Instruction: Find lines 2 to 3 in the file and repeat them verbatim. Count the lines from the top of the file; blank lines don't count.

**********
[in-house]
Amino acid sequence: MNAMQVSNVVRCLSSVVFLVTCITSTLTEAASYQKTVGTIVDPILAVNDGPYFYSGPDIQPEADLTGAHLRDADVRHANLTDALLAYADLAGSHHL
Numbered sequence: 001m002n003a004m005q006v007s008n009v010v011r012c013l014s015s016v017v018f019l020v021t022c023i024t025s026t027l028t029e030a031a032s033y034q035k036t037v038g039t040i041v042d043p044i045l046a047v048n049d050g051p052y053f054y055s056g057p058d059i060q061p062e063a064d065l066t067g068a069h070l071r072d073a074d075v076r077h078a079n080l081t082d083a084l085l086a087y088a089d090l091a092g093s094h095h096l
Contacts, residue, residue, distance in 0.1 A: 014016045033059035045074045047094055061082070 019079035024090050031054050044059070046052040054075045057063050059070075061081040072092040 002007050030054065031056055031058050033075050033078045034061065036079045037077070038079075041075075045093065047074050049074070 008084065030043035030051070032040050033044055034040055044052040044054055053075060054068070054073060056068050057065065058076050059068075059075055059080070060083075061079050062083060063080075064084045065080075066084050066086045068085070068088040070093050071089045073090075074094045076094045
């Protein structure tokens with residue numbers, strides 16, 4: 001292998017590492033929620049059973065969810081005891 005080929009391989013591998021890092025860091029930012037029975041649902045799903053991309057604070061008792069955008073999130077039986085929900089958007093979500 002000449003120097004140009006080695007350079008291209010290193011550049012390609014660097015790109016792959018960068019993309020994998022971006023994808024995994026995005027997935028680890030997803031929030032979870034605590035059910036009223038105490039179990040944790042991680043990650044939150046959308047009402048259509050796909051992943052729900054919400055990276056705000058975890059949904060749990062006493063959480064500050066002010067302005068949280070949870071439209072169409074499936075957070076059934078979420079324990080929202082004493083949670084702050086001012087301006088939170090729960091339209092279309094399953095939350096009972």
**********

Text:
Amino acid sequence: MNAMQVSNVVRCLSSVVFLVTCITSTLTEAASYQKTVGTIVDPILAVNDGPYFYSGPDIQPEADLTGAHLRDADVRHANLTDALLAYADLAGSHHL
Numbered sequence: 001m002n003a004m005q006v007s008n009v010v011r012c013l014s015s016v017v018f019l020v021t022c023i024t025s026t027l028t029e030a031a032s033y034q035k036t037v038g039t040i041v042d043p044i045l046a047v048n049d050g051p052y053f054y055s056g057p058d059i060q061p062e063a064d065l066t067g068a069h070l071r072d073a074d075v076r077h078a079n080l081t082d083a084l085l086a087y088a089d090l091a092g093s094h095h096l